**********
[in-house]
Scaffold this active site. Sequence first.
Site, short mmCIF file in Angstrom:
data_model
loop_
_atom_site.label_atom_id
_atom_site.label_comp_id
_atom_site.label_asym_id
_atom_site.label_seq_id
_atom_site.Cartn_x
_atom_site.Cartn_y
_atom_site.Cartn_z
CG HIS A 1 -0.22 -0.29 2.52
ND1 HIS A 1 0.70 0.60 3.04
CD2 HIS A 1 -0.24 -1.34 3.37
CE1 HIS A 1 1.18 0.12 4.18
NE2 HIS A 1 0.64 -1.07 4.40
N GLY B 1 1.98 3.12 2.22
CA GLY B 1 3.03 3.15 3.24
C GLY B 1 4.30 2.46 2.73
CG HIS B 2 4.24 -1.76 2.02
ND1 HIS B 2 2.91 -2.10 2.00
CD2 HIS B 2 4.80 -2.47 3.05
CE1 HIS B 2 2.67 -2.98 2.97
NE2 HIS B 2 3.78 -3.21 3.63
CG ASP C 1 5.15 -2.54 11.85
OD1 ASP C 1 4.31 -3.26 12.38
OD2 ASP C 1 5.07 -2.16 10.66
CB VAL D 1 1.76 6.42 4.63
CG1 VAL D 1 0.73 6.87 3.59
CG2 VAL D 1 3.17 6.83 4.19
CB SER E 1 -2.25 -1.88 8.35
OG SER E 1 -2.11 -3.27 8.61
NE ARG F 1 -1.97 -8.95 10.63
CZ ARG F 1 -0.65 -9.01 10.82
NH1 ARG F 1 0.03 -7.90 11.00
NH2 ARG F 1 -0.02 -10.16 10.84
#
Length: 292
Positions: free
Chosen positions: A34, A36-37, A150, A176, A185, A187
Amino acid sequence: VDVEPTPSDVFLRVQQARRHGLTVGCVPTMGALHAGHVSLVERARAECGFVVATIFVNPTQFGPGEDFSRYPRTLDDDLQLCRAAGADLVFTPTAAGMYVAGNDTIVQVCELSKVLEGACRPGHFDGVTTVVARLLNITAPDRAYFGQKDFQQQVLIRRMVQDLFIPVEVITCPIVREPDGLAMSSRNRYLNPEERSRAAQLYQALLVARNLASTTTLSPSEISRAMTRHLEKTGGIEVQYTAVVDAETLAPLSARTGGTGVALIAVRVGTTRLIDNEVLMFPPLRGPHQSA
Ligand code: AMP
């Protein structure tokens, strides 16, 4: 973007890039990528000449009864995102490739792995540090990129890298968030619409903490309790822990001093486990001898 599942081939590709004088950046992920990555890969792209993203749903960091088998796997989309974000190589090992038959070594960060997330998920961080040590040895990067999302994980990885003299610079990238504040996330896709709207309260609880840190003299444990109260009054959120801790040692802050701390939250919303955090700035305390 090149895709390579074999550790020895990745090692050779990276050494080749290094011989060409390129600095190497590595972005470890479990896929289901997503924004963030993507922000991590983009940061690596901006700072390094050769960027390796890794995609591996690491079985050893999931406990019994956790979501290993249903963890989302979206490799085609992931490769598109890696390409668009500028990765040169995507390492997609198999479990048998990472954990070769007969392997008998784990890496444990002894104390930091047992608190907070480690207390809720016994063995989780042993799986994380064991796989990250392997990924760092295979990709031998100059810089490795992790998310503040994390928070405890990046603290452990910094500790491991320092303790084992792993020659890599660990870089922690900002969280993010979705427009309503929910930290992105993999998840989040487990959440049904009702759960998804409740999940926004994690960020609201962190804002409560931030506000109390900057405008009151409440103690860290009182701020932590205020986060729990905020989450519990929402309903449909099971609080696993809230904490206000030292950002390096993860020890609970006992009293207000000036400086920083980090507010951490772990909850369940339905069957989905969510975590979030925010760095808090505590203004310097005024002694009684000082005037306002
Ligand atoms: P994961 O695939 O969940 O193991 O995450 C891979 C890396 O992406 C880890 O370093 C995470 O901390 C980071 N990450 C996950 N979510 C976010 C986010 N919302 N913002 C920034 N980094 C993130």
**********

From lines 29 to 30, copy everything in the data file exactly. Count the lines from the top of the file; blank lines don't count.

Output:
CB VAL D 1 1.76 6.42 4.63
CG1 VAL D 1 0.73 6.87 3.59